A giant pretzel with dipping sauces at the Riverhead Ciderhouse...

A giant pretzel with dipping sauces at the Riverhead Ciderhouse in Calverton.  Credit: Daniel Brennan

Chances are, if you’re drinking, you’re going to want to eat sooner or later. New York’s laws recognize that, and require breweries to offer food if they’re pouring full beers on-site. But most brewers want to make beer — not run a restaurant — so eats are often limited to wax-paper satchels stuffed with popcorn or peanuts, or tiny, dusty bags of chips clipped to the wall behind the bar.

But how nice is it when a brewery offers a whole menu of delicious eats? Suddenly, you’re free to take an extended wander through the tap list — drink a few pints, snack on some fries, grab a burger, pair a porter with a cherry-chocolate tartufo.

With LI’s craft beer boom now entering its second decade, there are local brewers who are stepping up their food game with chef-driven menus, trendy food trucks, and even fresh sushi made to order.

Barrier Brewing Co.

3001 New St.., Unit A2, Oceanside; open 3-9 p.m. Mon.-Thurs., noon-10 p.m. Fri.-Sat. and noon-8 p.m. Sun.; 516-594-1028, barrierbrewing.com

As Nassau’s first brewery, Barrier Brewing Co. was a bit of a local pioneer when it opened in 2009. These days, hopheads check in for juicy IPAs, but drinkers shan’t skip the experimental ales and sours that also rotate through the tap lines.

A few years back, Barrier owner Evan Klein partnered with “Cheezy Pete” Peter Robideau’s 3rd Rail Kitchen food truck. Robideau’s daily menu includes sliders and cheesesteaks, wings and disco fries, and specials like tangy Thai wings and hand-cut fries loaded with beer cheese, bacon and ranch. New this season, find meatless Mondays (3-9 p.m.) catered by Queens-based Secret Vegan Kitchen, which makes its own deli-style sandwiches thin-sliced, savory seitan cold-cuts — don’t miss the “Rubin,” with pastrami, Swiss, sauerkraut and Russian dressing — and meat-free versions of Nashville hot chicken and buffalo popcorn chicken.

Maple barbecue and Nashville hot “chicken” sliders at Secret Vegan...

Maple barbecue and Nashville hot “chicken” sliders at Secret Vegan Kitchen, which pops up at Barrier Brewing Co. in Oceanside. Credit: Joann Vaglica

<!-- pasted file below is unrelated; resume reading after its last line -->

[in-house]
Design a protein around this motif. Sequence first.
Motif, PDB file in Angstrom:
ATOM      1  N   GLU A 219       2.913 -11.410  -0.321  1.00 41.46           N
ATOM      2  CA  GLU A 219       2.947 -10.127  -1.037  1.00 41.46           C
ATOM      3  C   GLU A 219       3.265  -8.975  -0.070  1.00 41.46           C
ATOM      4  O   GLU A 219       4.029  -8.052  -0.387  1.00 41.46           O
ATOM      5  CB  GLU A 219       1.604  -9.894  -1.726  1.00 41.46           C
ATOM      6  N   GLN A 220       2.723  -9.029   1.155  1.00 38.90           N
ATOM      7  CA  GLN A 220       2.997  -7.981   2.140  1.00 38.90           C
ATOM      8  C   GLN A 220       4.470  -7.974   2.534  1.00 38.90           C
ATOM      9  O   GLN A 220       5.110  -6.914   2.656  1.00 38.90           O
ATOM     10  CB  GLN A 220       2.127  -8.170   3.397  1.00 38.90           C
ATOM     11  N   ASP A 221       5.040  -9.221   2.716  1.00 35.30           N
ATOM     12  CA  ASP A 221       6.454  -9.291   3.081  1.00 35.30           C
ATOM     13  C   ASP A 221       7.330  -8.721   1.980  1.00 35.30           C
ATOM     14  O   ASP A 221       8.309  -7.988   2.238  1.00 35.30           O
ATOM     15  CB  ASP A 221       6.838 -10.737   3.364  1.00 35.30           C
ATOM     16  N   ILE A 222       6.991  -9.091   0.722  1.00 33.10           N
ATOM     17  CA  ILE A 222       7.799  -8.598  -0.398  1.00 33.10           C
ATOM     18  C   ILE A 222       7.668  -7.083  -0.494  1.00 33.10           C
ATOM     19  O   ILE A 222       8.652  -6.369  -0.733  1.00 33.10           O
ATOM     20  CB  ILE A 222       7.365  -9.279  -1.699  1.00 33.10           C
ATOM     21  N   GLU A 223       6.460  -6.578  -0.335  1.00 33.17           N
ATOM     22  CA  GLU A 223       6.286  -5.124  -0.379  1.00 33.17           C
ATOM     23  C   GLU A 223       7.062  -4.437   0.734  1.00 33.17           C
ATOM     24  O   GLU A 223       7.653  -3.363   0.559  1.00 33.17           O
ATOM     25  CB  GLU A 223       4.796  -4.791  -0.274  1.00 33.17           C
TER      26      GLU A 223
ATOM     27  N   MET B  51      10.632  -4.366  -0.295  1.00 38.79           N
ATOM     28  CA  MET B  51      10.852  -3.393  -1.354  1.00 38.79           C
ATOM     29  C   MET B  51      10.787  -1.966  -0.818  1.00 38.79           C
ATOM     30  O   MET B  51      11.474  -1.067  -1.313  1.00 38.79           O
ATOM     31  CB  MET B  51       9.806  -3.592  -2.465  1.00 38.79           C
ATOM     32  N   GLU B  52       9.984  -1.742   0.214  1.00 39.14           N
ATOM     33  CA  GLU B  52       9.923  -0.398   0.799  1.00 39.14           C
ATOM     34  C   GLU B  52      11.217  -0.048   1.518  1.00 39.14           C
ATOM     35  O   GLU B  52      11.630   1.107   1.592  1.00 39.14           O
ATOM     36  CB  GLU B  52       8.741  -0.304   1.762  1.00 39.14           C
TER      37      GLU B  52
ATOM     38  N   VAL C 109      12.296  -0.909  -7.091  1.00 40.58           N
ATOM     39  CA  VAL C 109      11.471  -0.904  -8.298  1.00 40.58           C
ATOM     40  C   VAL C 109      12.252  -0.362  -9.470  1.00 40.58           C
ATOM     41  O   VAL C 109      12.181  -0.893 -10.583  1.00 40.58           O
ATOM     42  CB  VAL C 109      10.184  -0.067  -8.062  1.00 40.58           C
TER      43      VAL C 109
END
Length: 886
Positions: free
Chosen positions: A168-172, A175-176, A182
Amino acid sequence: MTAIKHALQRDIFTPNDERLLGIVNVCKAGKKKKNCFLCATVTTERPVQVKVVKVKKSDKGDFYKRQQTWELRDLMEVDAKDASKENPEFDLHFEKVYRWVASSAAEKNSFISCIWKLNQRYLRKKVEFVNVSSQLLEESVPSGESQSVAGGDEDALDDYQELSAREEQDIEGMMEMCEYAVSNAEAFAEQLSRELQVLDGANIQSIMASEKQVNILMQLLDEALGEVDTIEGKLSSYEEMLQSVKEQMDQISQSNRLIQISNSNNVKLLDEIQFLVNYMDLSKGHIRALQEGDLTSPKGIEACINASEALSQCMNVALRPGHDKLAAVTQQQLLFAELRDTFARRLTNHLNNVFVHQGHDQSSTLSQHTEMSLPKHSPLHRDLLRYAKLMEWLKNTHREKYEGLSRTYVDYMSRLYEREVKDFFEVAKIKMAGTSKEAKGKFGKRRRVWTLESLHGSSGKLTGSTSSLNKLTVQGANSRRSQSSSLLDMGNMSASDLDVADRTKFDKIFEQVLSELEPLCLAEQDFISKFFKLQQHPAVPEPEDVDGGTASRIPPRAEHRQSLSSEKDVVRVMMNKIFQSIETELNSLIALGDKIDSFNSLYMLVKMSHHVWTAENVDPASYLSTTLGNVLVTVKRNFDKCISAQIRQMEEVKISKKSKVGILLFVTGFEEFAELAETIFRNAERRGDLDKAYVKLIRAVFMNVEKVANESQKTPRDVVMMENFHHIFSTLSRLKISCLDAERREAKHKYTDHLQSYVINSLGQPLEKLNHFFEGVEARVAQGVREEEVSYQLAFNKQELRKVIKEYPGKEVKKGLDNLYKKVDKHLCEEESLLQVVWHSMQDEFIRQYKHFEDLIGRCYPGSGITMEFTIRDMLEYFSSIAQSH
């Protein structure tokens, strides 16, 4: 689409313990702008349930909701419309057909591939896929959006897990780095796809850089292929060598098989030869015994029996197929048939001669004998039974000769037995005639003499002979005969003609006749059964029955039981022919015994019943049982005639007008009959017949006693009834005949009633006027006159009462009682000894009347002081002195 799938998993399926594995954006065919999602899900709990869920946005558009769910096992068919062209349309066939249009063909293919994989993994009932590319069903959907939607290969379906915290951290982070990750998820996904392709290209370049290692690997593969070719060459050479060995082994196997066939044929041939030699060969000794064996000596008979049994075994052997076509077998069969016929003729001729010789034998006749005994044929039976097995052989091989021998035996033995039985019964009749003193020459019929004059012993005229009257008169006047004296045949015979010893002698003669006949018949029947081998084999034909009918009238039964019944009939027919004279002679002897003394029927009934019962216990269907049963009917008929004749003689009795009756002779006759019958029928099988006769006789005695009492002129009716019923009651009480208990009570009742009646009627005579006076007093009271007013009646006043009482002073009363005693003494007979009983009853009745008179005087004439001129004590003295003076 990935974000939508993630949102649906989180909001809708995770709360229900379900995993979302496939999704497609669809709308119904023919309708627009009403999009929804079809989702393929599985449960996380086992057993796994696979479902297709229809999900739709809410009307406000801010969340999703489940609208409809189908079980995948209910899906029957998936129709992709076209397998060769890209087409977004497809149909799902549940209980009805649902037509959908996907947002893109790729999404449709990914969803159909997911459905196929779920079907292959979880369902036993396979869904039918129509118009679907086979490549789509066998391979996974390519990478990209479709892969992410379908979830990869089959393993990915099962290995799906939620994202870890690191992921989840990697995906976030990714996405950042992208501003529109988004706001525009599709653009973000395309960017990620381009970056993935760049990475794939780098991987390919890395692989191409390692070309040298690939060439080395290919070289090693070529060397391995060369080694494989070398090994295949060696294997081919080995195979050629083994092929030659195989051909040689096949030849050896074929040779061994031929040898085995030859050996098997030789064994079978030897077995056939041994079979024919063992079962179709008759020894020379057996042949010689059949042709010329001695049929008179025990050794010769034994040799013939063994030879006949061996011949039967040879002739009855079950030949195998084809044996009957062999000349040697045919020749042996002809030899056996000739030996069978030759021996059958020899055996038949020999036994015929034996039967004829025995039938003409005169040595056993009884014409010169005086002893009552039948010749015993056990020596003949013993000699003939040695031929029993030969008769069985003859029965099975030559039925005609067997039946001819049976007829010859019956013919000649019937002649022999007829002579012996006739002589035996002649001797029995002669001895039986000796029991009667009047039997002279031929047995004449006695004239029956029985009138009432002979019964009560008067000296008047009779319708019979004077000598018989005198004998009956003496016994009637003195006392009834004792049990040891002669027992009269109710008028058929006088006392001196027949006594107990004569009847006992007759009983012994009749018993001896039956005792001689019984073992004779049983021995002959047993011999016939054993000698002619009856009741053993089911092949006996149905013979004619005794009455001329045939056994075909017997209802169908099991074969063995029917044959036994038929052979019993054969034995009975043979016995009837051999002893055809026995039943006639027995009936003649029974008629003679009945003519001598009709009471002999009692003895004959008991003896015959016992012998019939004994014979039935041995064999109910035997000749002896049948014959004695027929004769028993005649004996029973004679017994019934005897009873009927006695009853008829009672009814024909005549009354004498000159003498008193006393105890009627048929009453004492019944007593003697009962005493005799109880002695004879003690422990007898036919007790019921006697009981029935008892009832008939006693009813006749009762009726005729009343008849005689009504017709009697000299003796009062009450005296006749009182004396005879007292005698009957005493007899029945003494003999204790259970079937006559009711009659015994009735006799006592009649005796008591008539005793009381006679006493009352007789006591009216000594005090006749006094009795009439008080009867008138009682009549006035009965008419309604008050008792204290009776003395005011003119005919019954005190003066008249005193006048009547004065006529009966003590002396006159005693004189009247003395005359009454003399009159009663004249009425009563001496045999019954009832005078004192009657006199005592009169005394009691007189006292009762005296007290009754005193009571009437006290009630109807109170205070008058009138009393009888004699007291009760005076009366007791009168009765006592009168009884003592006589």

Blue Point Brewing Co.

225 W. Main St., Patchogue; open 3-9 p.m. Tue.-Thurs., noon-10 p.m. Fri.-Sat. and noon-8 p.m. Sun.; 631-627-8292, bluepointbrewing.com      

Although Blue Point has been part of Anheuser-Busch InBev's international beer portfolio since 2014, it has remained steadfastly rooted here on Long Island. In 2019, the brewery doubled down with expansive new digs in downtown Patchogue. Visitors to the second-floor brewpub can take in a fishbowl view of the brewing operations and sip pints of Toasted Lager and Spectral Haze IPA. When hunger strikes, tuck into big burgers, pulled pork sandwiches, sautéed clams with chorizo and herbs or smoked-Gouda spinach-artichoke dip.

Garvies Point Craft Brewery & Restaurant

45 Herb Hill Rd., Glen Cove; open 2-9 p.m. Sun.-Wed. (bar open Mon. but kitchen is closed), 2-10 p.m. Thurs. and noon-10 p.m. Fri.-Sat.; 516-927-8300, garviespointbreweryandrestaurant.com

For a Gold Coast drinking experience, yachters can set sail for Garvies Point Craft Brewery’s new Glen Cove restaurant, where there’s docking for boats (to 49 feet). The barroom’s soaring ceilings and window-paned walls impart a wide-open, airy feel; There’s ample room for reveling inside, or on the 150-seat outdoor patio.

Sip a stout or witbier while browsing raw-bar oysters and clams, or pair an icy kolsch with a lobster roll. Those seeking a proper supper will find pan-roasted chicken, pasta with shellfish and cognac, and grilled New York strip. And sushi fans can show off their chopstick chops with classic nigiri and maki, available after 4 p.m., Tuesday through Sunday.

Tuna poke nachos at Garvies Point Brewery.

Tuna poke nachos at Garvies Point Brewery. Credit: Newsday/Corin Hirsch

Greenport Harbor Brewery & Restaurant

42155 Main Rd., Peconic; open noon-8 p.m. Sun.-Thurs. and noon-9 p.m. Fri.-Sat.; 631-477-1100, greenportharborbrewing.com

At Greenport Harbor Brewing’s Peconic brewery and restaurant, chef Greg Ling keeps his menu basic — just a few salads, snacks, sandwiches and tacos. But he builds each dish around fresh Long Island products. Pair an easy-drinking Haus pils or Light Work pale ale with a salad of crisp farm greens, or tip back an Otherside IPA with a North Fork grass-fed burger or a crispy fish sandwich. Simple kielbasa becomes a textural affair with mustard and slaw, beer cheese, pickles and fried onions, while tacos cradle marinated steak, chorizo or chipotle pulled chicken.

Riverhead Ciderhouse

2711 Sound Ave., Calverton; open noon-8 p.m. Mon. and Wed., noon-9 p.m. Thurs.-Sat. and 11 a.m.-6 p.m. Sun.; 631-591-0217, riverheadcider.com

Since opening in 2017, Riverhead’s resident cidery has become a standby for family-friendly drinks and casual café fare. The food — conceived to play nicely with the house ciders and a long list of New York beers and wines — is tailor-made for sharing. Soft jumbo pretzels come with three dipping sauces, while the guacamole (prepared tableside) makes a fine prelude to Thursday’s popular taco specials. Cheese — a forever friend to all things apple-y — takes center stage in a sweet-and-salty grilled cheese with brie and figs, and in Italian-inflected offerings such as meatball Parmesan and chicken Parmesan heros and flatbread-style pizzas.

A giant pretzel with dipping sauces at the Riverhead Ciderhouse...

A giant pretzel with dipping sauces at the Riverhead Ciderhouse in Calverton.  Credit: Daniel Brennan

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